Don’t Let Groupthink Rule Your Workplace

Don’t Let Groupthink Rule Your Workplace

Groupthink is all too common when people work together in a brainstorming or planning session. Psychology Today says groupthink “occurs when a group values harmony and coherence over accurate analysis and critical evaluation. It causes individual members of the group to unquestioningly follow the word of the leader, and it strongly discourages any disagreement with the consensus.”

This phenomenon can veer a team or company off course, or it can result in people stereotyping others, including their colleagues —

Visualize Your Strategy

Visualize Your Strategy

Are you the kind of person who thinks in pictures? If so, then storyboarding is for you. Are you the kind of person who doesn’t think in terms of pictures? If so, then storyboarding is for you, too — you may just not know it yet.

I sometimes struggle to keep clients in my workshops focused and inspired. When creating a plan for an 8-hour workshop, my biggest competition is the lure of a smartphone coupled with progressively shorter attention spans. Recently, while attending a

Trust the Pattern

Trust the Pattern

Lately, with the news worldwide being somewhat bleak, I thought I’d write about trust -— since it seems to be waning a bit. Trust is something we commonly talk about in business, in leadership, in politics. It’s something we aspire to build and yet still seems challenging to grasp. So here’s my attempt to define trust and how it manifests in our lives.

The obligatory dictionary definition of trust (from Merriam-Webster) defines it as a “belief that someone or something is reliable, good, honest, effective.” Patrick Lencioni, author of The Five Dysfunctions of a Team, says trust is foundational and that building it requires vulnerability, which means apologizing to our family and friends, and to business colleagues when we’ve messed up; or getting real about what we don’t understand or when we need help.

But in working with people for years, I have come to believe that reliability

Smarty Pants Don't Always Fit

Smarty Pants Don't Always Fit

Hiring is a confounding game. Some people have a great knack for it and an intuitive sense about people — but even they can get it wrong. The world-renowned Disney Institute hires “attitude versus aptitude,” and you would be wise to do the same.

Recently, I worked with a company who filled a position with great match for the technical skills needed for the role. But this new employee’s on-the-job performance created communication nightmares that led other long-term employees to quit. Within a year, the team was sinking...

From The Dinner Table to the Board Room

From The Dinner Table to the Board Room

Some families love being together, some enjoy short visits and others have a hard time just getting through Thanksgiving dinner. So how do families who have decided to go into business together make it work? Recently I had sat down with three families-turned-business-partners to find out.  

Go Slow to Go Fast by Christine Calvin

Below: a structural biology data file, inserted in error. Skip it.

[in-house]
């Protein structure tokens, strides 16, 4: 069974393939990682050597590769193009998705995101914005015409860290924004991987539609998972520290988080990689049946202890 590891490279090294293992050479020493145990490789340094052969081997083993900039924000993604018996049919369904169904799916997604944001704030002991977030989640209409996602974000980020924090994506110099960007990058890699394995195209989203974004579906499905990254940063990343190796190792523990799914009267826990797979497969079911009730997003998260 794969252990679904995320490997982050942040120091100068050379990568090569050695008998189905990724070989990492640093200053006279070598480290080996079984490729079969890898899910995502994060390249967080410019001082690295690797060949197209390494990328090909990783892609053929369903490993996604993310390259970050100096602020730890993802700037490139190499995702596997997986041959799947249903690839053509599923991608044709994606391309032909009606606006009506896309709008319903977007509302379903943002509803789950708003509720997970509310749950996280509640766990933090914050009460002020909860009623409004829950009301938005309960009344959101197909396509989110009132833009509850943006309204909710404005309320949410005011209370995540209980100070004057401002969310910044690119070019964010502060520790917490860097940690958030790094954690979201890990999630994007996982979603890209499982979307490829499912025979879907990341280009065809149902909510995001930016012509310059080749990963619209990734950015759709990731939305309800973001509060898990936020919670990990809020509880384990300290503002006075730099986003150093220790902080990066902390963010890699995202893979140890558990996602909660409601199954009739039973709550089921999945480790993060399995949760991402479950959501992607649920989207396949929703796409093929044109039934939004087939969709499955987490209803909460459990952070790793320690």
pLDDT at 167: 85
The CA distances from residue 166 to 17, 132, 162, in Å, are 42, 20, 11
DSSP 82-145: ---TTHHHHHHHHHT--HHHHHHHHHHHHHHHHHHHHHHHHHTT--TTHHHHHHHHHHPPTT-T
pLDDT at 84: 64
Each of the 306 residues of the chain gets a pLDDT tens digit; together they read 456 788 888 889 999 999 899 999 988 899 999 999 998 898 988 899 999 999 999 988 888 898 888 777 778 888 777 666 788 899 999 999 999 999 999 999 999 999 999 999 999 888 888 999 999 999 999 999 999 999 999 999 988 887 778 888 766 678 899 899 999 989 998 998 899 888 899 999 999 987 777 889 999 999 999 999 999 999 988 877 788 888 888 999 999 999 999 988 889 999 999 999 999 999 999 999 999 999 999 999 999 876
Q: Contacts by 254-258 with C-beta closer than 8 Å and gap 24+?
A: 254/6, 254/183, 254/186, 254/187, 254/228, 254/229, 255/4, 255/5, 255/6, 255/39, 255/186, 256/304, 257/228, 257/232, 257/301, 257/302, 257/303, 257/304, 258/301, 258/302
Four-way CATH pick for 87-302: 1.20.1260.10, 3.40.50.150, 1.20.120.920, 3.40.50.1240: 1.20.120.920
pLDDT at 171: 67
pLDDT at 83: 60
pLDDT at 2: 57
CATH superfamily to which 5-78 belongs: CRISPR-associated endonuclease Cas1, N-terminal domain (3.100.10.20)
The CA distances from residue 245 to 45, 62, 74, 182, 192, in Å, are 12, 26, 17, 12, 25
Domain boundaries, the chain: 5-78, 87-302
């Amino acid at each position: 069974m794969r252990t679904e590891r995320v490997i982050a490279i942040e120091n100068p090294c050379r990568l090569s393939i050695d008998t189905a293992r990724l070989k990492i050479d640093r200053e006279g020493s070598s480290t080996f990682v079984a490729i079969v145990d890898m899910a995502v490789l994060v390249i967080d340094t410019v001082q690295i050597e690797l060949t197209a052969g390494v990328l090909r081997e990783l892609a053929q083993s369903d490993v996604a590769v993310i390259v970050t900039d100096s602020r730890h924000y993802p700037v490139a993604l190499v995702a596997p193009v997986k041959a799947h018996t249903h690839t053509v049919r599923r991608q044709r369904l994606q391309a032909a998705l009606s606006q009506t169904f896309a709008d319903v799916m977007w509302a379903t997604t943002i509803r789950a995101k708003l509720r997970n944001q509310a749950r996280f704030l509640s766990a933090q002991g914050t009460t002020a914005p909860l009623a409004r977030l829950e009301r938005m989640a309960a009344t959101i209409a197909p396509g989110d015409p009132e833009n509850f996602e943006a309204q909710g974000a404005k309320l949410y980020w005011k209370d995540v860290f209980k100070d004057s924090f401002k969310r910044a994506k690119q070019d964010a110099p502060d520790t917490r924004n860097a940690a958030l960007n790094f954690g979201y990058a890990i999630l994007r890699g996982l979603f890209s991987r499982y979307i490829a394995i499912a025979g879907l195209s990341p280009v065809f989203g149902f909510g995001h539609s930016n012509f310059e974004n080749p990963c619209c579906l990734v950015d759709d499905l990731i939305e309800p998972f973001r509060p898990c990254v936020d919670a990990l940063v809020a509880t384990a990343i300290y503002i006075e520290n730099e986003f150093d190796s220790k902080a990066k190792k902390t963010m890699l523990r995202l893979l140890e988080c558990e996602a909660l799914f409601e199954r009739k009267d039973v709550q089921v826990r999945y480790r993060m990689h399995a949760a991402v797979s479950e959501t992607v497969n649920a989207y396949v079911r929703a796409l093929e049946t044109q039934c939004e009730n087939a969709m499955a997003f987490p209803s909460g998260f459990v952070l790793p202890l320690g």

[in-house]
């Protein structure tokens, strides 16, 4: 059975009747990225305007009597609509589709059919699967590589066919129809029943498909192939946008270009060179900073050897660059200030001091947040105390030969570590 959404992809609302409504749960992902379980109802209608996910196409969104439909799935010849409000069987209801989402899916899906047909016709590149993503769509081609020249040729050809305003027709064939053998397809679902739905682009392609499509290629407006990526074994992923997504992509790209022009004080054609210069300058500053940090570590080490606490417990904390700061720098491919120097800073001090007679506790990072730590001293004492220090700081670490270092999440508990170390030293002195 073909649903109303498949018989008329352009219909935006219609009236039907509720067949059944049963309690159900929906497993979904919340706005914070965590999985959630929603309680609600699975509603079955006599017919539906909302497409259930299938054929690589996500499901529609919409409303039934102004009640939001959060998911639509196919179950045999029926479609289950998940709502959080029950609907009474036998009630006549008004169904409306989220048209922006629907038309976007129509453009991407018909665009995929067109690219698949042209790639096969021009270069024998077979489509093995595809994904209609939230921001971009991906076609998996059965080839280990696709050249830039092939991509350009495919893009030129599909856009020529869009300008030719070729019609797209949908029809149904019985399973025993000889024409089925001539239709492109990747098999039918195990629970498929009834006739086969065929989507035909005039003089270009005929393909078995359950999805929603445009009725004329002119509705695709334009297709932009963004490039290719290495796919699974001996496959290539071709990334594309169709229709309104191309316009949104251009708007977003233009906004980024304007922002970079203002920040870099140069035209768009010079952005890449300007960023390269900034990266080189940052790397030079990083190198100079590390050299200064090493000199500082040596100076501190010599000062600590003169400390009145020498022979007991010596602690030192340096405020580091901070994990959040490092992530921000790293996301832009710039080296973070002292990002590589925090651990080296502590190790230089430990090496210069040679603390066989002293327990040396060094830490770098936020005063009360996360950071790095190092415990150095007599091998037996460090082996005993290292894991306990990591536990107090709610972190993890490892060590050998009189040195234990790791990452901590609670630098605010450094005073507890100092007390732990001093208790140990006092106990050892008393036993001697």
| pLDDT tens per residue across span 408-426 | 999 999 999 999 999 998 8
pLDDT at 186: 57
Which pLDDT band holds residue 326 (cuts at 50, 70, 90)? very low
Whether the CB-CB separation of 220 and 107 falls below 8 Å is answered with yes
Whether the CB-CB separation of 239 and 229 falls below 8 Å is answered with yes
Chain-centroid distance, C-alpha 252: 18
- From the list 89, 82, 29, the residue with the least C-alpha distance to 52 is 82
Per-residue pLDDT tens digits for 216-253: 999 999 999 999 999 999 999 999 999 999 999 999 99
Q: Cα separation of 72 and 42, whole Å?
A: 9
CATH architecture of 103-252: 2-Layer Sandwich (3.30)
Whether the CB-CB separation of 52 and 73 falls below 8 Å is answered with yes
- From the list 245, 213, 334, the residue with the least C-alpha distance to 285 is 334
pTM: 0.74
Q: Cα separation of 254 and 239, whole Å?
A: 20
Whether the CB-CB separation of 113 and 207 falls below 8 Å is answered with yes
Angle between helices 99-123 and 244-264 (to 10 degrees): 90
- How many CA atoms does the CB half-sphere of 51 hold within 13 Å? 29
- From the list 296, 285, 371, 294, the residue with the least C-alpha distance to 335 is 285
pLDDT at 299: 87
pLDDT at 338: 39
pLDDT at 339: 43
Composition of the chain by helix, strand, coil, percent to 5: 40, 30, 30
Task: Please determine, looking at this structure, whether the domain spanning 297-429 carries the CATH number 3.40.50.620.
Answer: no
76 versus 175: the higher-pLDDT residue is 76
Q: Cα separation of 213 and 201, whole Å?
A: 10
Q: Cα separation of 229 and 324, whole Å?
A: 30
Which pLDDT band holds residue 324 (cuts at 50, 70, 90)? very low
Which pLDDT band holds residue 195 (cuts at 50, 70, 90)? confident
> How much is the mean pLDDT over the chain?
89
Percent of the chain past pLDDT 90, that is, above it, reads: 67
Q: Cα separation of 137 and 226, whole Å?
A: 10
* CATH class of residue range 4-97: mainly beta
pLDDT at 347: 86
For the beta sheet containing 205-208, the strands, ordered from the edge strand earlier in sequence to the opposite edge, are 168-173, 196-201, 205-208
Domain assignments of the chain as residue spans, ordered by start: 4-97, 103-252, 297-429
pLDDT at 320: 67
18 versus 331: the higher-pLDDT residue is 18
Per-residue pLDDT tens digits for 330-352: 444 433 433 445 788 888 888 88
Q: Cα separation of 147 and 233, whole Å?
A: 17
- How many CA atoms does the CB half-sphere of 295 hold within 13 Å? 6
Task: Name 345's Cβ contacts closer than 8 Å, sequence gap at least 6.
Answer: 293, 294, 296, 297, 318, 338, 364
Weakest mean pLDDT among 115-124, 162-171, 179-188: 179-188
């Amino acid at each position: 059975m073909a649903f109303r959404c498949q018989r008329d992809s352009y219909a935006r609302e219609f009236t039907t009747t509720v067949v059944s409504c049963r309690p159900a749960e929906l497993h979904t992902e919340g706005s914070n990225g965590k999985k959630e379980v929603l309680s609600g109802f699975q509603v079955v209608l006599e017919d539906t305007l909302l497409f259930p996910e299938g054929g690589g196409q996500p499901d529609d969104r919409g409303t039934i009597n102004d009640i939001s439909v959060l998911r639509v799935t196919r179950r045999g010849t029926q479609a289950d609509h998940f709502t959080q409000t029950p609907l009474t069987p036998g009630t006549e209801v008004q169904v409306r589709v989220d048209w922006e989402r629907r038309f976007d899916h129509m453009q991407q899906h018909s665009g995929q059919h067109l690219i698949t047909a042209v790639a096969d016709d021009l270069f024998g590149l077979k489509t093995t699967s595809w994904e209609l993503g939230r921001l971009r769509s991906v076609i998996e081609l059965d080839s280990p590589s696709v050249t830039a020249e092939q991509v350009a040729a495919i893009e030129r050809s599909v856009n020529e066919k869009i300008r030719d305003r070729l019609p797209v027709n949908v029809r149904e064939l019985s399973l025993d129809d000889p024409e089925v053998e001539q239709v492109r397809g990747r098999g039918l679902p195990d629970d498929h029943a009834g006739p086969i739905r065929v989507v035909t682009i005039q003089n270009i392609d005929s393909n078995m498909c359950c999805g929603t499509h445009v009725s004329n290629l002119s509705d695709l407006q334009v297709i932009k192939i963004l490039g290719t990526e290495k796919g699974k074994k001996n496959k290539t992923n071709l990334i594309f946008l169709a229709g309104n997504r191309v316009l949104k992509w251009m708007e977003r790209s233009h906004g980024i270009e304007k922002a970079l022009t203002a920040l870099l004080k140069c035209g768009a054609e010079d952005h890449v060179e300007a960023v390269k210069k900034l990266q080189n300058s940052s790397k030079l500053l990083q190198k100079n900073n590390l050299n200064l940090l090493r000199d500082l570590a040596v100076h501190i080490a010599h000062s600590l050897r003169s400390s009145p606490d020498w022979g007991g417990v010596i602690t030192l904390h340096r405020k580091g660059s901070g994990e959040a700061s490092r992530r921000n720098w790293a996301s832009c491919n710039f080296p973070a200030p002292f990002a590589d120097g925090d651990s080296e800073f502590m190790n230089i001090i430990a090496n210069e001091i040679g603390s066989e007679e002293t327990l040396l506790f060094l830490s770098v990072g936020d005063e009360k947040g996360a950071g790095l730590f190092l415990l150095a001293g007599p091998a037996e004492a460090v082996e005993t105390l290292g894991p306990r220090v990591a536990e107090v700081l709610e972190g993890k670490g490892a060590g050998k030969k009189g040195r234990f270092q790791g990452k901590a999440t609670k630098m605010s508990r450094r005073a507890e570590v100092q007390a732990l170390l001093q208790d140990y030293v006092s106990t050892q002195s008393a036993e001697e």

Go Slow to Go Fast by Christine Calvin

Have you ever walked into a semi-dried lake bed? You start out on firm sand, and little by little the ground gets softer and stickier and deeper until finally the mud pulls your boots straight off your feet. That’s the position of many companies battling today’s marketplace, particularly small-business owners set in their ways and family businesses unable to overcome Dad’s unwavering march into the ground.

As these companies have pressed forward into the 21st century using 20th-century approaches, the earth under them has become more viscous, slowing them down, pulling them under. Trudging forward against the headwinds of an ever-changing marketplace, more and more businesses are losing their footing.

As we all well know...

Directing versus Informing: The Dual-Language Quagmire

Directing versus Informing: The Dual-Language Quagmire

Scenario: You open the refrigerator to find a near-empty milk carton. What would you tell your partner or roommate? Whether you would say, “Get milk when you go out,” or something more like, “Hey, we’re out of milk,” can tell you a lot about your communication style.

As a business coach, one of the workshops I offer is called Interaction Styles. An interaction style is an innate communication pattern that helps us communicate in our lives and at work. There are four basic interactions styles, but because there are 7.5 billion people on the planet, you can imagine...

More Asking, Less Telling

More Asking, Less Telling

Quality communication goes far beyond organizational structures, clear directives and efficient systems. Time and again, I’ve watched highly effective teams crumble due to a lack of effective dialogue. And that’s because the most successful way to engage and improve your company is not by talking. It’s by listening.

One of the unconscious strategies I witness in business leaders and teams is a strong tendency to get to the quick answer, give directives or refuse to engage in dialogue that may reveal problems. It’s easier to just give someone the answer, make decisions for them, ignore problems or just step in and do it yourself. Yet such strategies have costs...